I Have Been Here Before
J B Priestley
Jermyn Street Theatre
J B Priestley has come back into vogue thanks to Stephen Daldry and his perennial production of An Inspector Calls.
That play uses many of the techniques that he honed in The Time Plays, dramas that have a traditional feel until he adds an exotic touch of the mysterious or metaphysical.
In keeping with the subject matter, Anthony Biggs has asked designers Cherry Truluck and Alberta Jones to create a curving, sloping set with the props moving to add an extra degree of symbolic uncertainty.
I Have Been Here Before is the third of the trilogy following Dangerous Corner and Time and the Conways and in its early scenes has the feel of a far from sensational tale of folk on a country holiday on the Yorkshire moors just before the Second World War.
The Black Bull Inn is a pub/guest house like many another, run by Keith Parry’s Sam Shipley and Vicky Binns playing his widowed daughter Sally Pratt, a somewhat unlikely busybody. They work hard but enjoy the company of guests whom they hope will be civilised.
For Whitsun, they have a full house so turn away a strange German forced to escape the Nazis. Dr Görtler is an eccentric who, like the eponymous Inspector, seems to be either clairvoyant or a little mad, given depth and humanity thanks to a fine performance by Edward Halsted.
However, his predictions prove uncannily accurate with a collective cancellation and the arrival of a rich husband and his pretty young wife, Mr and Mrs Ormund (David Schaal and Alexandra Dowling), joining Oliver Farrant (Daniel Souter), a headmaster seemingly recovering from nervous exhaustion by walking vast distances across the moors.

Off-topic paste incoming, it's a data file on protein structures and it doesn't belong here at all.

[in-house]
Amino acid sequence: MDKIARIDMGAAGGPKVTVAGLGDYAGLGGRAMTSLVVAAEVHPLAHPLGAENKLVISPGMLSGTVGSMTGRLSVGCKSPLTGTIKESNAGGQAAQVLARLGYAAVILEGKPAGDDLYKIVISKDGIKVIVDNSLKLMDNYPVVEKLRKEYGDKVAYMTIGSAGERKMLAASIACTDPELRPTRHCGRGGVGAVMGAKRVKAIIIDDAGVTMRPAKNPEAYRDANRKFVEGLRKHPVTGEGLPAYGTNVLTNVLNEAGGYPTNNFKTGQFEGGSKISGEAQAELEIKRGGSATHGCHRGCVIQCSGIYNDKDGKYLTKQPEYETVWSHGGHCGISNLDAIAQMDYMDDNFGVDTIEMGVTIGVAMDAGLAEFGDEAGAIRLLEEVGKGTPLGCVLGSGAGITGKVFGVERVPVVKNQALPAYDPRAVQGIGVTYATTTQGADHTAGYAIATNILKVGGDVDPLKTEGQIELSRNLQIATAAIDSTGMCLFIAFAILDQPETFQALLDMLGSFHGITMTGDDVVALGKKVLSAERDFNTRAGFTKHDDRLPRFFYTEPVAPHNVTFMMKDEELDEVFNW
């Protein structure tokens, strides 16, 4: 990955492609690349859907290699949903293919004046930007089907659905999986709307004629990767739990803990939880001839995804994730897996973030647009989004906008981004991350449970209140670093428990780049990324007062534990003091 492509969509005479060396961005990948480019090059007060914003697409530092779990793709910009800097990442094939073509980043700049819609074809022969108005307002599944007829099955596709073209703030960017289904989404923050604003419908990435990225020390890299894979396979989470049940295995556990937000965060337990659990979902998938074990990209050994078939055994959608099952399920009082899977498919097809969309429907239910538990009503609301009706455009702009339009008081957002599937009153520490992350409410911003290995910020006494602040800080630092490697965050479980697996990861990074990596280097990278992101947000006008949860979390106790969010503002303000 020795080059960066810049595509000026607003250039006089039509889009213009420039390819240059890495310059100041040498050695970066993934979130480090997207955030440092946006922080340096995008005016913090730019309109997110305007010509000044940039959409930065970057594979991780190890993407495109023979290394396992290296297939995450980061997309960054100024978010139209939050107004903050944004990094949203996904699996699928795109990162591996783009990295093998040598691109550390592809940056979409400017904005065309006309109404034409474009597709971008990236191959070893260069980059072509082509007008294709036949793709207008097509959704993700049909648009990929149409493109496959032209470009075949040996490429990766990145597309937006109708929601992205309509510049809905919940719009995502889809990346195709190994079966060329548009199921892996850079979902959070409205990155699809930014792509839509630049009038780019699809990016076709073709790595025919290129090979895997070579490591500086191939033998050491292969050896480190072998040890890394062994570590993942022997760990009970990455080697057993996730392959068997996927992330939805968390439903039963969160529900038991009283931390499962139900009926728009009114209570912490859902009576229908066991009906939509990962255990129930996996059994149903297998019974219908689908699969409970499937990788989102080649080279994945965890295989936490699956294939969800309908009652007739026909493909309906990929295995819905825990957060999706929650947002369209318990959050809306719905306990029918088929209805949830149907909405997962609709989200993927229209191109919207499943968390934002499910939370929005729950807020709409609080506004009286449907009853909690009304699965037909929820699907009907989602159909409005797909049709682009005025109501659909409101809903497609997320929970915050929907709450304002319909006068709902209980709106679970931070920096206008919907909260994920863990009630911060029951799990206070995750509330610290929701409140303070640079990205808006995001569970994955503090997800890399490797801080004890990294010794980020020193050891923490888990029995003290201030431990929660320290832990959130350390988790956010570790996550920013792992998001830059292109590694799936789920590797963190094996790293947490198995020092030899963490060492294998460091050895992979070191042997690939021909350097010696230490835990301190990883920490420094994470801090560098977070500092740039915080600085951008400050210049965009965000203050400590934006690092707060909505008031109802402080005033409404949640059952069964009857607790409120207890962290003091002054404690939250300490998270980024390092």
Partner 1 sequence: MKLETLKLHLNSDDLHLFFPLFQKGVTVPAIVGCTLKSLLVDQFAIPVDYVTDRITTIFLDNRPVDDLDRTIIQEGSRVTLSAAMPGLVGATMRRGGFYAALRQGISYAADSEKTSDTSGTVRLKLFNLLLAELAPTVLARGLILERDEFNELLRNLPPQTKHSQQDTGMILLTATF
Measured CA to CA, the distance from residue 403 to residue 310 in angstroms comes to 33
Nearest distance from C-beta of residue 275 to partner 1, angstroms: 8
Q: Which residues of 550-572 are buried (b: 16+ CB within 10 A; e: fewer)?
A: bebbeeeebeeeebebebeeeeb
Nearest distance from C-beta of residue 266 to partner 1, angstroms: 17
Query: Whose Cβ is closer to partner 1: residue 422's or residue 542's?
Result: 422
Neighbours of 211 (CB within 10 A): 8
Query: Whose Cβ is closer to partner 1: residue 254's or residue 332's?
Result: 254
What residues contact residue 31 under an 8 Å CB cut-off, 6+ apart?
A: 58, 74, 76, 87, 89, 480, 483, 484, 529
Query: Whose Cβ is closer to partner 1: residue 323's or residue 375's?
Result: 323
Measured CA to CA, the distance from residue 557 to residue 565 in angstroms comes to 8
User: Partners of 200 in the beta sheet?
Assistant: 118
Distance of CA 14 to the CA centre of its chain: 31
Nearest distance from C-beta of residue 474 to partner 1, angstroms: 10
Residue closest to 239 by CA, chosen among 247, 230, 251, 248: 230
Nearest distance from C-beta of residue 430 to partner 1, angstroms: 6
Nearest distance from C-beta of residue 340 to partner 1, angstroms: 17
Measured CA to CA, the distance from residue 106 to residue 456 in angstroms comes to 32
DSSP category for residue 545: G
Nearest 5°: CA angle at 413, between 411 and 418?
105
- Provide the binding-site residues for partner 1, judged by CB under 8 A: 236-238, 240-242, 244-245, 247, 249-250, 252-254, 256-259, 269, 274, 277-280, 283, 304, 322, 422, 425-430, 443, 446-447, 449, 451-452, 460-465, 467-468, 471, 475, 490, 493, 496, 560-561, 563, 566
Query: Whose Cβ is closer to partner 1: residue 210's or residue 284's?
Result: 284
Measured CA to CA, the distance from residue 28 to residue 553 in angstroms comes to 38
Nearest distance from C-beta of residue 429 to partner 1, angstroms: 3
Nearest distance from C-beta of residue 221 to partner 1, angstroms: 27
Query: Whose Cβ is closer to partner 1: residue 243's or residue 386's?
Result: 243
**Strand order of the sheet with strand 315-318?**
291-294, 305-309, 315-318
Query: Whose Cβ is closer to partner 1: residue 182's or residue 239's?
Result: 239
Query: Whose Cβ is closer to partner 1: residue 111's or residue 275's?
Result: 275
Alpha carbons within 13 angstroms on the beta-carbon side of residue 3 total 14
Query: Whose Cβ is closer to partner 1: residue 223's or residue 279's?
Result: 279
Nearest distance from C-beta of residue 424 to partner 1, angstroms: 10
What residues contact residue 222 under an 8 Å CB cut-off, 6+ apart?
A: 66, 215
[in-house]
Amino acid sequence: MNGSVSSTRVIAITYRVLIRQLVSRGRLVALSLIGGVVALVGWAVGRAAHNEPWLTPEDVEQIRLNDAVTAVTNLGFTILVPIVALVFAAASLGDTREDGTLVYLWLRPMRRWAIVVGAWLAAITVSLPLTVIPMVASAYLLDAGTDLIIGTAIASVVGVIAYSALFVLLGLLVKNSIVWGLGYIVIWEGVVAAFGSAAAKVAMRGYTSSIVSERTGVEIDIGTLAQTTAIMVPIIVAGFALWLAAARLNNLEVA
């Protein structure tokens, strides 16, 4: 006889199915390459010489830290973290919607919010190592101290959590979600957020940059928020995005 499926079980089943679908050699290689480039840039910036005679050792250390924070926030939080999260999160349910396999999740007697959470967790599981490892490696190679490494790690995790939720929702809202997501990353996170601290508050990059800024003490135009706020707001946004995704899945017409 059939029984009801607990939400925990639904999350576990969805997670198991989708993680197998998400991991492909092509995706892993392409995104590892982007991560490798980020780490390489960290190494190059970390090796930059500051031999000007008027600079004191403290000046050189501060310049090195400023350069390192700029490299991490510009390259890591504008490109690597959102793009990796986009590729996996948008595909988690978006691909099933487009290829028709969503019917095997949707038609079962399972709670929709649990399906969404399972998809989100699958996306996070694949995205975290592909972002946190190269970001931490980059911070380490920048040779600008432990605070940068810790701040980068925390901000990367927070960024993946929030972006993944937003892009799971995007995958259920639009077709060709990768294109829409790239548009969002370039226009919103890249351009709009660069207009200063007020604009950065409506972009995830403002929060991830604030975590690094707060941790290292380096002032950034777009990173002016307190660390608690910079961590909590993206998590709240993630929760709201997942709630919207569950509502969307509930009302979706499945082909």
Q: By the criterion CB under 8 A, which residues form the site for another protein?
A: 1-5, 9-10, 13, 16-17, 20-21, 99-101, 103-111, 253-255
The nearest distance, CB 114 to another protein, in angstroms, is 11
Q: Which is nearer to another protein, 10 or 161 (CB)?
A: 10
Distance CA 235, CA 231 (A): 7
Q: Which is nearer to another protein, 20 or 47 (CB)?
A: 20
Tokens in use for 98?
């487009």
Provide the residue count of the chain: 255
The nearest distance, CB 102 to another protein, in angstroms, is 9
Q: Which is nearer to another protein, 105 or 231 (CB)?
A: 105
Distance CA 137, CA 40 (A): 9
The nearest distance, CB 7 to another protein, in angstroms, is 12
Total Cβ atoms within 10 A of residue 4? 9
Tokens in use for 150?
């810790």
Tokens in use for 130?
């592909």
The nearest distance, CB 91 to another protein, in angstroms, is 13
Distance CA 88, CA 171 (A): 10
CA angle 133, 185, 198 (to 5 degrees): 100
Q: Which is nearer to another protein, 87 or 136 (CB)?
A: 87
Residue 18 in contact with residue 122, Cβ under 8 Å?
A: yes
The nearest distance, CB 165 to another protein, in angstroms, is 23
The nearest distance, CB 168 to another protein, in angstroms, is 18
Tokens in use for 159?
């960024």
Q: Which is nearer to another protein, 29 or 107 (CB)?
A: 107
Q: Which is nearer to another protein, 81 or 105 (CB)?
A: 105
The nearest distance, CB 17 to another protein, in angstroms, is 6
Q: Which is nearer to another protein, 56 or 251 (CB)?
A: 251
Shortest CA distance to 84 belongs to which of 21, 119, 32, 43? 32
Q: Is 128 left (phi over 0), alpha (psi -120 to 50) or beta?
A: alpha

As the German doctor demonstrates, there is a series of connections between the other parties. For example, the maudlin, toping Walter Ormund has business interests that fund Farrant’s school, attended by young Charlie Pratt. In the ether, there are also odd recollections of further links.
The first two acts see this group interacting and generally sharing collective unhappiness with perhaps rather less emotion and urgency than modern audiences desire.
It is only in the final minutes of the 2¼-hour performance that Priestley, through the doctor, expounds the theories of the long forgotten Russian mathematician P D Ouspensky.
These involve the belief that time is not a straight line heading inexorably forwards but a curve that repeats infinitely. This is fascinating stuff and spices up what might otherwise be a relatively run-of-the-mill story.
Where Priestley scores is in turning something that could sound highfalutin and tedious to watch into haunting theatre that makes audience members think deeply about life, death and everything in between.
Reviewer: Philip Fisher